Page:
The Environmental Protection Agency has awarded more than $240,000 to schools and government offices in Oklahoma to eradicate asbestos and reduce potential future cases of mesothelioma.
While our Boston mesothelioma lawyers are encouraged that such measures are being taken elsewhere in the country, we would urge government leaders here in Massachusetts to apply for similar grants.
In fact, it’s been such a major issue in Massachusetts that legislation has been enacted to regulate asbestos monitoring and removal.
All residential, institutional and commercial buildings in the state are subject to the asbestos regulation as laid forth in the Massachusetts Department of Environmental Protection’s code, 310 CMR 7.15. What that legislation says is that all owners or operators (including contractors who work on plumbing, construction, renovation, HVAC, flooring, etc.) are required to determine before any work can be initiated whether asbestos is present and whether it is going to be disturbed during the work.
Common sites of asbestos are the HVAC systems, floor tiles, wallboards, decorative plasters, siding, roofing and fireproofing systems.
Companies that don’t follow the law on this risk not only hefty fines, but also the potential to expose workers and nearby residents to asbestos, which causes a deadly form of cancer called mesothelioma.
So why is it we so often hear about contractors who break the law? In reality, those contractors and building owners are in the minority. Most do want to protect people from harm. But those who skirt these regulations often do it because they can be quite expensive, particularly if asbestos is found and it is likely to be impacted by the work at hand. The DEP recommends having a professional come in to conduct the eradication of asbestos before the other work can begin.That gets pricey.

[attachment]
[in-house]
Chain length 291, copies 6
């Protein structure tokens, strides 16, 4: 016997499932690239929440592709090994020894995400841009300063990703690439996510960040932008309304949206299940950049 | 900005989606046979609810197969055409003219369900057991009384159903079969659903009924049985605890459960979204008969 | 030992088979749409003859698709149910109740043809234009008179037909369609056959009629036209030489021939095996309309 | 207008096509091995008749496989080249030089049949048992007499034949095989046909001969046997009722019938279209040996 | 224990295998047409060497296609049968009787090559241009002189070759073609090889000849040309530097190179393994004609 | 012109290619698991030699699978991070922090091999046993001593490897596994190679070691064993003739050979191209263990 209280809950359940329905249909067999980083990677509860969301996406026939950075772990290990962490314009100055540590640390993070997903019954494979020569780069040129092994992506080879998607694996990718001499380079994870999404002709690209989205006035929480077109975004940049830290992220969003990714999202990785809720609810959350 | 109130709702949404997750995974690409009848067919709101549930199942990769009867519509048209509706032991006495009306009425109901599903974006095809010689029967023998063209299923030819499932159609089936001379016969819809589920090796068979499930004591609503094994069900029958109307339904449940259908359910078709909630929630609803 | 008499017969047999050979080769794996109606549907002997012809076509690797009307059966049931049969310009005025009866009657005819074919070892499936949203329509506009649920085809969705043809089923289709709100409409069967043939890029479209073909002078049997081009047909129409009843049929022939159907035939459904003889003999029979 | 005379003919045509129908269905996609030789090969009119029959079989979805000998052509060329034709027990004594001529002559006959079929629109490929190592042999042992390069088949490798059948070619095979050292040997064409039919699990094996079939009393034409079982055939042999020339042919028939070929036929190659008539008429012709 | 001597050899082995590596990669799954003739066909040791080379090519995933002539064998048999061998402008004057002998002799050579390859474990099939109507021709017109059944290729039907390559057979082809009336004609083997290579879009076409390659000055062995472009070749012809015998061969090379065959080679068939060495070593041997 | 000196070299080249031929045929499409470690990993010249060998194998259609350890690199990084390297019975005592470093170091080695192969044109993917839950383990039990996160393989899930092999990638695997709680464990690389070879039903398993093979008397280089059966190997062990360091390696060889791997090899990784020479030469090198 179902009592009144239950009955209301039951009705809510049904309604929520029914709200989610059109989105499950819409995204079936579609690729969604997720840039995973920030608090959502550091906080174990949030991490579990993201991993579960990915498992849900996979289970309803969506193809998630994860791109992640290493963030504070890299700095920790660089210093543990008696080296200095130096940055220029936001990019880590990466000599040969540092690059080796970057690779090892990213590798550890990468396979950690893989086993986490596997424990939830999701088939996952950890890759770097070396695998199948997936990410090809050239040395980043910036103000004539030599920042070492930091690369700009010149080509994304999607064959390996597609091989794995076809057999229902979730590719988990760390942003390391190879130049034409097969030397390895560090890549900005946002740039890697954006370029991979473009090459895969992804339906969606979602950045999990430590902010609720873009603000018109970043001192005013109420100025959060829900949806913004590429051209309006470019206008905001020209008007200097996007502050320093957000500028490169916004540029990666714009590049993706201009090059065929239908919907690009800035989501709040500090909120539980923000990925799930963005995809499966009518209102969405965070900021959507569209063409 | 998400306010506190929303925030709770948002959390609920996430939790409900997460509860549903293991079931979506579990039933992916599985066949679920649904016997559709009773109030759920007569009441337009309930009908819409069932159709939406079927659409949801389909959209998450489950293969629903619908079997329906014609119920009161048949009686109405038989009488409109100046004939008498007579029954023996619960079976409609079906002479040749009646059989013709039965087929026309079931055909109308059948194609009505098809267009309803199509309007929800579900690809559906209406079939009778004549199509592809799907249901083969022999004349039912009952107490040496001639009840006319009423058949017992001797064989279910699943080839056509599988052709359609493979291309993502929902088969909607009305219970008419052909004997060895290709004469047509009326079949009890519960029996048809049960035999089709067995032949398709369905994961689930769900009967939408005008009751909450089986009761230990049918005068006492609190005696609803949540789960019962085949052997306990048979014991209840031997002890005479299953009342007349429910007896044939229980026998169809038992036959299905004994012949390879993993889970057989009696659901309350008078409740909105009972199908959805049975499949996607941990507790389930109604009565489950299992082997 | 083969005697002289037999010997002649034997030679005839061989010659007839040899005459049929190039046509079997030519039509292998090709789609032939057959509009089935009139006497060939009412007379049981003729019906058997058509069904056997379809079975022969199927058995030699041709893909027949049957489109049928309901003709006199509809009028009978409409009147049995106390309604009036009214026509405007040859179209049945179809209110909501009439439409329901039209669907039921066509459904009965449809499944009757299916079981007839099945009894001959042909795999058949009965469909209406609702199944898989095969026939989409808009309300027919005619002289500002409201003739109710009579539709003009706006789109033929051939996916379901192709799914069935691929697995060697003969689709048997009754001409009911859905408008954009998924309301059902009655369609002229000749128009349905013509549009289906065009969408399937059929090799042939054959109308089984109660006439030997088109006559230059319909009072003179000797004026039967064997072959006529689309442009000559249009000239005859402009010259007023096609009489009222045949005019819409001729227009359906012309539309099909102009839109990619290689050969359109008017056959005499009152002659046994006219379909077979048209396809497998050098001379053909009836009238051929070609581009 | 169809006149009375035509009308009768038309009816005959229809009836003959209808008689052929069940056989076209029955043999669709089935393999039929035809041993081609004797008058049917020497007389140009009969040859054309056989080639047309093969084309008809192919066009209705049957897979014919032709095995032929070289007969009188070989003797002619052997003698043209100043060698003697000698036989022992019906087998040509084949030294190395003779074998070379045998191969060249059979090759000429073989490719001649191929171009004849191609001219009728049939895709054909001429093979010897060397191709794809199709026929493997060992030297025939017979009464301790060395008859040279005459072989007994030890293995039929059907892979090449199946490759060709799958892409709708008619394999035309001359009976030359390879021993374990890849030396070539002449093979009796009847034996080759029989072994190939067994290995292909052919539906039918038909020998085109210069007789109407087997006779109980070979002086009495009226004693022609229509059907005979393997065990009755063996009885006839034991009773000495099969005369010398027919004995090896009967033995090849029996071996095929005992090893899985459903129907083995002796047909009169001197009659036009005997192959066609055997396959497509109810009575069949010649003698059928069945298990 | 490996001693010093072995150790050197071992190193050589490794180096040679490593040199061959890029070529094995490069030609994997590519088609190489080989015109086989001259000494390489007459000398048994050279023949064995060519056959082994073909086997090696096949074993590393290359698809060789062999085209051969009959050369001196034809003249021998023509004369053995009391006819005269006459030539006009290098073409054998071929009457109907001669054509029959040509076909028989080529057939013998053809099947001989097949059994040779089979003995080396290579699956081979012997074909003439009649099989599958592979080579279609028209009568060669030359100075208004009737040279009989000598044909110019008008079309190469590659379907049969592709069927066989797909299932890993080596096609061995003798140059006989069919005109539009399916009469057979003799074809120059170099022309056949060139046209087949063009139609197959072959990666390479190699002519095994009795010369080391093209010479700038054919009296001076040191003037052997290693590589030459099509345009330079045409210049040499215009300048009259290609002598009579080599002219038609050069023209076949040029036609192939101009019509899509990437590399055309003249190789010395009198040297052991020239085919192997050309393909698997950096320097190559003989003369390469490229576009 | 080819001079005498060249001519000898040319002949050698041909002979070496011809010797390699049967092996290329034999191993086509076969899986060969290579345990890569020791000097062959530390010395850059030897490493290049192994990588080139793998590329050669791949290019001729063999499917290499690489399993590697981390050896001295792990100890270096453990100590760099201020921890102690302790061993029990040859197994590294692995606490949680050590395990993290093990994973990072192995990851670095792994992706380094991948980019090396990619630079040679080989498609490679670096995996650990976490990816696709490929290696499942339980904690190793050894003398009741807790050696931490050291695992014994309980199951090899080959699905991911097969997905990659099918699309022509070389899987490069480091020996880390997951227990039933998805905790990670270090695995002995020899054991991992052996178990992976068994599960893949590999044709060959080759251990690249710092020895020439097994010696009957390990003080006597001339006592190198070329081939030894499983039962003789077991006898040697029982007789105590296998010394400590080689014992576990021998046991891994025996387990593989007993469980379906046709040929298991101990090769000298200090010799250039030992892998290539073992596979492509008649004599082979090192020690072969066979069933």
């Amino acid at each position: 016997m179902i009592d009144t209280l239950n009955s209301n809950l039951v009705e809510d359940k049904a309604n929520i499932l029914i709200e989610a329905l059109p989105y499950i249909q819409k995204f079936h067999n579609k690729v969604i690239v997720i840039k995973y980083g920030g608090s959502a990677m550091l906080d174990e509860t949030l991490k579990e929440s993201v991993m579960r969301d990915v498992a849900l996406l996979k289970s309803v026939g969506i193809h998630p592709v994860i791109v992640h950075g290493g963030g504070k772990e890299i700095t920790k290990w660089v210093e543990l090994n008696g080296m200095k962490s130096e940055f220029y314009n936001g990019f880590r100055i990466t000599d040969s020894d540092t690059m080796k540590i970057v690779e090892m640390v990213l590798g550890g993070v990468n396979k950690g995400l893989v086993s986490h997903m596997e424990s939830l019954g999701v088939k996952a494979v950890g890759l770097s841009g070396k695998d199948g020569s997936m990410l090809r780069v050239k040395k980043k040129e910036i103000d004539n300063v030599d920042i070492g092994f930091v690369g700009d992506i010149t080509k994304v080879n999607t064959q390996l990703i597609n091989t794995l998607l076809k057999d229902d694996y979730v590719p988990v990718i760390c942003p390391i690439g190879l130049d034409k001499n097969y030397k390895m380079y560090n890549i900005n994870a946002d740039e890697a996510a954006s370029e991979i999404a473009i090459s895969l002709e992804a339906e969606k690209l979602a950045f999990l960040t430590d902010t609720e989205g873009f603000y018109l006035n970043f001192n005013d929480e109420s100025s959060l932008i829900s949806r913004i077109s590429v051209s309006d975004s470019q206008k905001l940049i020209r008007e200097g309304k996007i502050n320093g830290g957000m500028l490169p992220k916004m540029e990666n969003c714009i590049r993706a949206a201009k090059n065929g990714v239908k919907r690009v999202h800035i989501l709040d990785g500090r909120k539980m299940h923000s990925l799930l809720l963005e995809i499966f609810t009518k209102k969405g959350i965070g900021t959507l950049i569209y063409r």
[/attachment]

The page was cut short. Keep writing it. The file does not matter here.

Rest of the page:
And of course, that’s why grants like the one recently awarded to Oklahoma are so helpful.
In this case, the funds are expected to be used by the Oklahoma Department of Labor to complete audit inspections of state buildings and schools to determine whether asbestos is present and how best to protect students, employees and visitors from exposure. The money will also be used to ensure that workers who are employed to take out the asbestos are properly accredited and trained.
Oklahoma’s policies with regard to government and school buildings are similar to those in Massachusetts in that they call for “in-place management” of the material. That is, officials must be aware of the presence of asbestos so that they can properly maintain it and reduce potentially harmful exposure. It doesn’t necessarily need to be immediately removed, but it does need to be maintained in such a way that the fibers will not become airborne and therefore pose a risk to those who frequent those structures.
Having this knowledge also allows officials with important information about how to proceed, should they need to initiate a demolition or renovation.
For those who have already been exposed to asbestos, particularly direct exposure for longer periods of time, it is important to seek medical treatment and monitoring so that if you do develop mesothelioma, it can be detected early for boosting chances for a longer life.
Additionally, contacting a Boston mesothelioma attorney can help you explore your options with regard to financial compensation for negligent asbestos exposure.
If you or a loved one is diagnosed with mesothelioma in New England, call for a free and confidential appointment at 1-888-367-2900.
EPA Awards the State of Oklahoma Over $240,000 to Reduce Exposure to Asbestos in Schools and State Buildings, Oct. 9, 2012, Press Release, U.S. Environmental Protection Agency
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Important Victory for Military Mesothelioma Victim’s Widow, Sept. 27, 2012, Boston Mesothelioma Lawyers Blog